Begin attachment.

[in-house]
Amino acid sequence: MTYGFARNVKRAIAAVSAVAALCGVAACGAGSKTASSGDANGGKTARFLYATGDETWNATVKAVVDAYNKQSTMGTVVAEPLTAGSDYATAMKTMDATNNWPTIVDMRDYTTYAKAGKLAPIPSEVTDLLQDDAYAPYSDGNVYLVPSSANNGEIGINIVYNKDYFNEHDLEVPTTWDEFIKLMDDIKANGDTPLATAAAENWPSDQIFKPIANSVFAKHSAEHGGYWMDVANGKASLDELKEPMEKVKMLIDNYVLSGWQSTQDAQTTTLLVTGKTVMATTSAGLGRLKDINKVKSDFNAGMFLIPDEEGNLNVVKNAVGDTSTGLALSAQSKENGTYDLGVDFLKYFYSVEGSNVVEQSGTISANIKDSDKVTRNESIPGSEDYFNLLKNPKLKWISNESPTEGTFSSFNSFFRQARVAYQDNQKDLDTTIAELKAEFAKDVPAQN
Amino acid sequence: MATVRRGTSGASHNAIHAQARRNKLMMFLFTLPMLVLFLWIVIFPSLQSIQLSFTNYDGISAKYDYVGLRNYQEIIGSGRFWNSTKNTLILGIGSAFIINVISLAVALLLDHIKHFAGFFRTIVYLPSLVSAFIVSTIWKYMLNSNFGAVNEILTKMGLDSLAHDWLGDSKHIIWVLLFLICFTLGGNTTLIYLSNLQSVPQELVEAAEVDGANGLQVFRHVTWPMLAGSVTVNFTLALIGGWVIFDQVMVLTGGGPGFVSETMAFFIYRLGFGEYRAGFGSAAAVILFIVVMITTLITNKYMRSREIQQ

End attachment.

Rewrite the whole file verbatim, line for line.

[in-house]
Amino acid sequence: MTYGFARNVKRAIAAVSAVAALCGVAACGAGSKTASSGDANGGKTARFLYATGDETWNATVKAVVDAYNKQSTMGTVVAEPLTAGSDYATAMKTMDATNNWPTIVDMRDYTTYAKAGKLAPIPSEVTDLLQDDAYAPYSDGNVYLVPSSANNGEIGINIVYNKDYFNEHDLEVPTTWDEFIKLMDDIKANGDTPLATAAAENWPSDQIFKPIANSVFAKHSAEHGGYWMDVANGKASLDELKEPMEKVKMLIDNYVLSGWQSTQDAQTTTLLVTGKTVMATTSAGLGRLKDINKVKSDFNAGMFLIPDEEGNLNVVKNAVGDTSTGLALSAQSKENGTYDLGVDFLKYFYSVEGSNVVEQSGTISANIKDSDKVTRNESIPGSEDYFNLLKNPKLKWISNESPTEGTFSSFNSFFRQARVAYQDNQKDLDTTIAELKAEFAKDVPAQN
Amino acid sequence: MATVRRGTSGASHNAIHAQARRNKLMMFLFTLPMLVLFLWIVIFPSLQSIQLSFTNYDGISAKYDYVGLRNYQEIIGSGRFWNSTKNTLILGIGSAFIINVISLAVALLLDHIKHFAGFFRTIVYLPSLVSAFIVSTIWKYMLNSNFGAVNEILTKMGLDSLAHDWLGDSKHIIWVLLFLICFTLGGNTTLIYLSNLQSVPQELVEAAEVDGANGLQVFRHVTWPMLAGSVTVNFTLALIGGWVIFDQVMVLTGGGPGFVSETMAFFIYRLGFGEYRAGFGSAAAVILFIVVMITTLITNKYMRSREIQQ